LATROBE, Pa. (AP) — It’s not easy to press pause on today’s hyper-wired kids. But in the next year, the National Association for the Education of Young Children will attempt to do just that.
Members of the group gathered last month to begin revising their guidelines governing children's use of technology.
The current guidelines were released in 1996, when the digital revolution was in its infancy and “Baby Einstein” had yet to be born. At the time, the team “felt gadgets were impinging on children’s growth and development,” says Jerlean Daniel, the NAEYC’s executive director designate. They focused on the growing presence of computers.
“Back in early ‘90s,” she says, “we had no idea what we were talking about in terms of the media that could come and has come today.”
Enter the inaugural Fred Forward conference, held last month here at the Fred Rogers Center for Early Childhood Learning and Children’s Media. Experts in education, media and child development got together to rewrite the
guidelines to encompass everything from texting and viral videos to online chartrooms for kids and DVD players in the family car.
The old guidelines don't make specific recommendations about how much screen time is too much, and say that used appropriately, technology can be positive for learning.
But how do you write guidelines to cover technology that is constantly changing? And how do you recommend that what is now a billion-dollar industry be scaled back, if that’s determined to be best for child development?
Technology has come to occupy a central role in children’s lives so quickly that its impact has barely been studied. Possible links have been found between extended hours of screen media consumption and ADHD, with some children experiencing elevated blood pressure.
Other data suggests that indoor consumption of technology is keeping kids from playing outdoors. But kids can also learn from digital media. And its power to connect kids from around the world can help increase multicultural understanding.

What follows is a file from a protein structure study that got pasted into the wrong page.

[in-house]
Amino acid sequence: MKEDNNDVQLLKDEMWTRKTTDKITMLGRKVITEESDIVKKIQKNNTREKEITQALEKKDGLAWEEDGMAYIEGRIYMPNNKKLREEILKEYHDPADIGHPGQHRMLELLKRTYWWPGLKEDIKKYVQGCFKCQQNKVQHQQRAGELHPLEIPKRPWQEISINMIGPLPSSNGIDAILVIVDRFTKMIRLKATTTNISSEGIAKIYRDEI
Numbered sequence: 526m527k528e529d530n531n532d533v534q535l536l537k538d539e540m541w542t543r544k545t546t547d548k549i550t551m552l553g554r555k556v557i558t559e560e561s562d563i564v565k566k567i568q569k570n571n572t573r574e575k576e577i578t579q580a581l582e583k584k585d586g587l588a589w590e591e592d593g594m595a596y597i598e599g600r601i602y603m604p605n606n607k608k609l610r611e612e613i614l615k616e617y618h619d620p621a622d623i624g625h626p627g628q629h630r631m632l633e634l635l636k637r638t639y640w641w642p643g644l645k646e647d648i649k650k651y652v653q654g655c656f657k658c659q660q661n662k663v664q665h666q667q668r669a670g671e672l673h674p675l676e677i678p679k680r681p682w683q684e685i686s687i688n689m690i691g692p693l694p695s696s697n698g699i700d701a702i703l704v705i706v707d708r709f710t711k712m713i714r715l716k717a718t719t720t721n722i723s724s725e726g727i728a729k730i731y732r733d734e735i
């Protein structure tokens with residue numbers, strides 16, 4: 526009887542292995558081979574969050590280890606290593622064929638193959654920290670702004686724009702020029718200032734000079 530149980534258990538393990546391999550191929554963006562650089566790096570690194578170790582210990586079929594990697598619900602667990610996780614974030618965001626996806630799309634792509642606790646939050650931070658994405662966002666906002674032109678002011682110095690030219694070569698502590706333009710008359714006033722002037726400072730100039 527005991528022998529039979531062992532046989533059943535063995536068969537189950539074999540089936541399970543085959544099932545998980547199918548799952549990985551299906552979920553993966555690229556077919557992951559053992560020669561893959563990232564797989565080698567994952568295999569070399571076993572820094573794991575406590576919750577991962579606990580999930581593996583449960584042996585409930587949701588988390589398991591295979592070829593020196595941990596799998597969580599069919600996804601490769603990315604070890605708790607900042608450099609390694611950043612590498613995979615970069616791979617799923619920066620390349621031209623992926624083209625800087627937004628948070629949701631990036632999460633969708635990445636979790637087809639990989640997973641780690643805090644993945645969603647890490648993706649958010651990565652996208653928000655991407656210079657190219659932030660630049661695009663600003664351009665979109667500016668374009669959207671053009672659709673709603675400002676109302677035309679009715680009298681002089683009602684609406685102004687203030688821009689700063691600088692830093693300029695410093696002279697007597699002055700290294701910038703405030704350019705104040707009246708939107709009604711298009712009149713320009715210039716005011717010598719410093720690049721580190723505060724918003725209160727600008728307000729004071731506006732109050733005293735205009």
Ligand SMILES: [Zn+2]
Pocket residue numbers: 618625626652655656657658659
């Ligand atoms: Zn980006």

The NAEYC and the Fred Rogers Center will explore all of this, seeking additional data and contributing their own research as they collaborate on the new guidelines. Those invited to participate include more than 200 experts in education, media and technology, child development, research and child advocacy.
They have begun with the most elemental questions: How do we even approach writing guidelines for technology we’re just beginning to understand? Which things do we try to regulate?
It’s apt that this process will happen at the Fred Rogers Center. In 1968, one year before “Sesame Street” premiered, “Mr. Rogers’ Neighborhood” broke ground by addressing children’s interests and concerns through electronic media. He merged documentary-style segments about real people with scenes in a sitcom-like living room and excursions into a fantasy world populated by puppets. And yet he was wary of using every technological tool at his disposal.
As decades passed (production ended in 2001), Rogers consciously chose not to incorporate the frenzied editing and eye-popping digital animation that became the norm in children’s programming.
That same restraint and careful deliberation is needed in determining how children can best be served by 21st-century technology, says Maxwell King, co-director of the Rogers Center. “Fred Rogers,” he points out, “was often the first person to say that sometimes the best use of a television is when it's turned off.”
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